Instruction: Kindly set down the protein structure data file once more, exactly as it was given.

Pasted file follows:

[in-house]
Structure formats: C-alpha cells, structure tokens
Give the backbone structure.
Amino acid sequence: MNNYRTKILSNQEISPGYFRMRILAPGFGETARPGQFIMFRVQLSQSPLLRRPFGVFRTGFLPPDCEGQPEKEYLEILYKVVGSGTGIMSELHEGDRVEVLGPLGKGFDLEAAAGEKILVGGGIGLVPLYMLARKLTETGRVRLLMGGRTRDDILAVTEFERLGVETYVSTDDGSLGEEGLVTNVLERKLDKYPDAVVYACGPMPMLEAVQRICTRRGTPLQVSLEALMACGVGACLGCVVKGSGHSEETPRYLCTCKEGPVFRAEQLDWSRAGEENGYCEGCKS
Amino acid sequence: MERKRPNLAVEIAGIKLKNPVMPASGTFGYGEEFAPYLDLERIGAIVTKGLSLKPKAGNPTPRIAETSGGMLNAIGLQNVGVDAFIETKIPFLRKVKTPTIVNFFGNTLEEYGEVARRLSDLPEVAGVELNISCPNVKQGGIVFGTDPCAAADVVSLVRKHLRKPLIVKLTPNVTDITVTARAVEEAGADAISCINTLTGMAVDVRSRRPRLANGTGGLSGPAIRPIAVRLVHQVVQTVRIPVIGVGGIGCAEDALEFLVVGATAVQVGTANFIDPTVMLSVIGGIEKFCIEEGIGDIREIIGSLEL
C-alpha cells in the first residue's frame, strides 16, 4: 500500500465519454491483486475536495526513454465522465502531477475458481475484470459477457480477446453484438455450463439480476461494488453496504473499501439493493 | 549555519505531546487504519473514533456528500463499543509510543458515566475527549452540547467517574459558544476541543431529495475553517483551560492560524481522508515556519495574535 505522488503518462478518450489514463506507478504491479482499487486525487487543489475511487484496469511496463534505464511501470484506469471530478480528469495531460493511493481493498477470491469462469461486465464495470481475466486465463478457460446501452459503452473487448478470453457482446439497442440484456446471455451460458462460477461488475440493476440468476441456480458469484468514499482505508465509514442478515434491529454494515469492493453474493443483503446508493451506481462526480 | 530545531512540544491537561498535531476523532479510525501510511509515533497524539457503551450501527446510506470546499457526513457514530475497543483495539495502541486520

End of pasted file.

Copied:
[in-house]
Structure formats: C-alpha cells, structure tokens
Give the backbone structure.
Amino acid sequence: MNNYRTKILSNQEISPGYFRMRILAPGFGETARPGQFIMFRVQLSQSPLLRRPFGVFRTGFLPPDCEGQPEKEYLEILYKVVGSGTGIMSELHEGDRVEVLGPLGKGFDLEAAAGEKILVGGGIGLVPLYMLARKLTETGRVRLLMGGRTRDDILAVTEFERLGVETYVSTDDGSLGEEGLVTNVLERKLDKYPDAVVYACGPMPMLEAVQRICTRRGTPLQVSLEALMACGVGACLGCVVKGSGHSEETPRYLCTCKEGPVFRAEQLDWSRAGEENGYCEGCKS
Amino acid sequence: MERKRPNLAVEIAGIKLKNPVMPASGTFGYGEEFAPYLDLERIGAIVTKGLSLKPKAGNPTPRIAETSGGMLNAIGLQNVGVDAFIETKIPFLRKVKTPTIVNFFGNTLEEYGEVARRLSDLPEVAGVELNISCPNVKQGGIVFGTDPCAAADVVSLVRKHLRKPLIVKLTPNVTDITVTARAVEEAGADAISCINTLTGMAVDVRSRRPRLANGTGGLSGPAIRPIAVRLVHQVVQTVRIPVIGVGGIGCAEDALEFLVVGATAVQVGTANFIDPTVMLSVIGGIEKFCIEEGIGDIREIIGSLEL
C-alpha cells in the first residue's frame, strides 16, 4: 500500500465519454491483486475536495526513454465522465502531477475458481475484470459477457480477446453484438455450463439480476461494488453496504473499501439493493 | 549555519505531546487504519473514533456528500463499543509510543458515566475527549452540547467517574459558544476541543431529495475553517483551560492560524481522508515556519495574535 505522488503518462478518450489514463506507478504491479482499487486525487487543489475511487484496469511496463534505464511501470484506469471530478480528469495531460493511493481493498477470491469462469461486465464495470481475466486465463478457460446501452459503452473487448478470453457482446439497442440484456446471455451460458462460477461488475440493476440468476441456480458469484468514499482505508465509514442478515434491529454494515469492493453474493443483503446508493451506481462526480 | 530545531512540544491537561498535531476523532479510525501510511509515533497524539457503551450501527446510506470546499457526513457514530475497543483495539495502541486520